According to a new study, scientists believe that there could be as many as six billion Earth-like planets just in our Milky Way galaxy. Based on their calculations, researchers estimated that there could be 0.18 Earth-like planets for each G-type main sequence star (which are stars that are similar to our own sun).
Astronomer Jaymie Matthews from the University of British Columbia, Canada, and co-author of the study, explained this further, “Our Milky Way has as many as 400 billion stars, with seven percent of them being G-type. That means less than six billion stars may have Earth-like planets in our Galaxy.”
In order to qualify as Earth-like, the planet has to have a rocky surface, be approximately the same size as Earth (around 0.5 to 1.5 times the size), and be located in the habitable zone of their host star where it could possibly contain liquid water.
Unfortunately, finding Earth-like planets isn’t a fast job as it could take numerous years to identify them based on where they are located in proximity to their star and how long it takes them to complete a full orbit.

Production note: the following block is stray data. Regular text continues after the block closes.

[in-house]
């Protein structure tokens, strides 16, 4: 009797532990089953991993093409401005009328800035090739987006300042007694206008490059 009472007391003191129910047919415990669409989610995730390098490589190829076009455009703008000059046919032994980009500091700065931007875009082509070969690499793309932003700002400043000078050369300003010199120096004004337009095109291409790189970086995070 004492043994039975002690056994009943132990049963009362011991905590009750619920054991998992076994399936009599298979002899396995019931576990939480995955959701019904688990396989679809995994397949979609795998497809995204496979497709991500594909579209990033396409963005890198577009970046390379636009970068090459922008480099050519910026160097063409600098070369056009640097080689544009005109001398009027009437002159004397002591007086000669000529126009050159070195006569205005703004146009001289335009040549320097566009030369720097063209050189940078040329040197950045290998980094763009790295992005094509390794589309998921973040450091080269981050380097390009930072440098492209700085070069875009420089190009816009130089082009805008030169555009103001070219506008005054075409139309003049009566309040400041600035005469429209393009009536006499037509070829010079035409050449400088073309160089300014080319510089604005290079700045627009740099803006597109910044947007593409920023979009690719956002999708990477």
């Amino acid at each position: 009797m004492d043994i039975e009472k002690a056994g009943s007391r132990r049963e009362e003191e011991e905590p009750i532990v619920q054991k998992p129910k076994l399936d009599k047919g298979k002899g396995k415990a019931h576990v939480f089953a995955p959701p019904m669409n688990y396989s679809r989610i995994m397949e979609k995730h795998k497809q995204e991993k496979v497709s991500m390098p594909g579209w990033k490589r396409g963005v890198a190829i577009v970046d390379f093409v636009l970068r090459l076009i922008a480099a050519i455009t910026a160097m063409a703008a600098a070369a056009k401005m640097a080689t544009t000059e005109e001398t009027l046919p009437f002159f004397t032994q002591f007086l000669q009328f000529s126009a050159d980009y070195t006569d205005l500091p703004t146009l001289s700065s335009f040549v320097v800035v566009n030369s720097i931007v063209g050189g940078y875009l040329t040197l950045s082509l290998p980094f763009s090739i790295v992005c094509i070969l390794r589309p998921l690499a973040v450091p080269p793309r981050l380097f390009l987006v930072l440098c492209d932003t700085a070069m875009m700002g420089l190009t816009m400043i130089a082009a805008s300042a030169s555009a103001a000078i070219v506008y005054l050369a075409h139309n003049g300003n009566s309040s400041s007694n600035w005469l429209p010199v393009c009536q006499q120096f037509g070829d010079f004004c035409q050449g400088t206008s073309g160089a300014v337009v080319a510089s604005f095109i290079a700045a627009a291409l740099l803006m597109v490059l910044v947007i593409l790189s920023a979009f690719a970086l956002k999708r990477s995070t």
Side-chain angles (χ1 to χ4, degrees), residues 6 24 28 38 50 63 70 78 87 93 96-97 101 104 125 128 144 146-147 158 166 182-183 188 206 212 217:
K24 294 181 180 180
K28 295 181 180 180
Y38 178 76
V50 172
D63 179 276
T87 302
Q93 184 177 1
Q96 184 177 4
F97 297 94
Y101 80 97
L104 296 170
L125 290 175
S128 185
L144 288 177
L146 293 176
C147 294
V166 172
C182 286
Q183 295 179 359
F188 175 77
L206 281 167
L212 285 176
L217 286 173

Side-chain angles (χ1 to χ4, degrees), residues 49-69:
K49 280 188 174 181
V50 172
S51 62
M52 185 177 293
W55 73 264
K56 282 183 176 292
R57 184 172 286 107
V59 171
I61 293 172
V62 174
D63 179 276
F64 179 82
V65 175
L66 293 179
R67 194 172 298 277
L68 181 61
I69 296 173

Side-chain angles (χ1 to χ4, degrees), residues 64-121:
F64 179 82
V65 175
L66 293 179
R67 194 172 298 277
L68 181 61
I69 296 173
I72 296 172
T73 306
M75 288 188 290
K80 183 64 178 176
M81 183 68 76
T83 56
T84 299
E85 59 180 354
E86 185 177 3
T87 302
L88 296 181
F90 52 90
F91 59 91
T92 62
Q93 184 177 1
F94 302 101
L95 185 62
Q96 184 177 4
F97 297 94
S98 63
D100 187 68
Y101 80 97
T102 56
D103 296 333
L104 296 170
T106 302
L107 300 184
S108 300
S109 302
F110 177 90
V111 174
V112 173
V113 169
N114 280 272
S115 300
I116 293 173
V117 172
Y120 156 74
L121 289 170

There have been several previous estimates in regards to how many Earth-like planets could be located in our galaxy alone. The numbers ranged from 0.02 Earth-like planets for each sun-like star to more than one per sun.
The researchers conducted computer simulations called “forward modeling” where they analyzed data obtained from approximately 200,000 stars that were studied by the Kepler Space Telescope.
The other co-author of the study, Michelle Kunimoto, explained this computer simulation technique in greater detail, “I started by simulating the full population of exoplanets around the stars Kepler searched,” adding, “I marked each planet as ‘detected’ or ‘missed’ depending on how likely it was my planet search algorithm would have found them. Then, I compared the detected planets to my actual catalog of planets. If the simulation produced a close match, then the initial population was likely a good representation of the actual population of planets orbiting those stars.”
Kepler detected over half of the exoplanets that have been found to date. So far, more than 4,000 exoplanets have been confirmed with thousands more candidates waiting for confirmation. This is incredible as the first ever exoplanet was discovered in the early 1990s. And with this new study where up to six billion Earth-like planets could potentially be found in our own galaxy, scientists will certainly be busy for the next little while analyzing planet data.
I wonder how many, if any, of the six billion Earth-like planets will have life… Perhaps one of the 36 intelligent civilizations mentioned in a new study that could potentially be living in our galaxy may be located on one of those planets.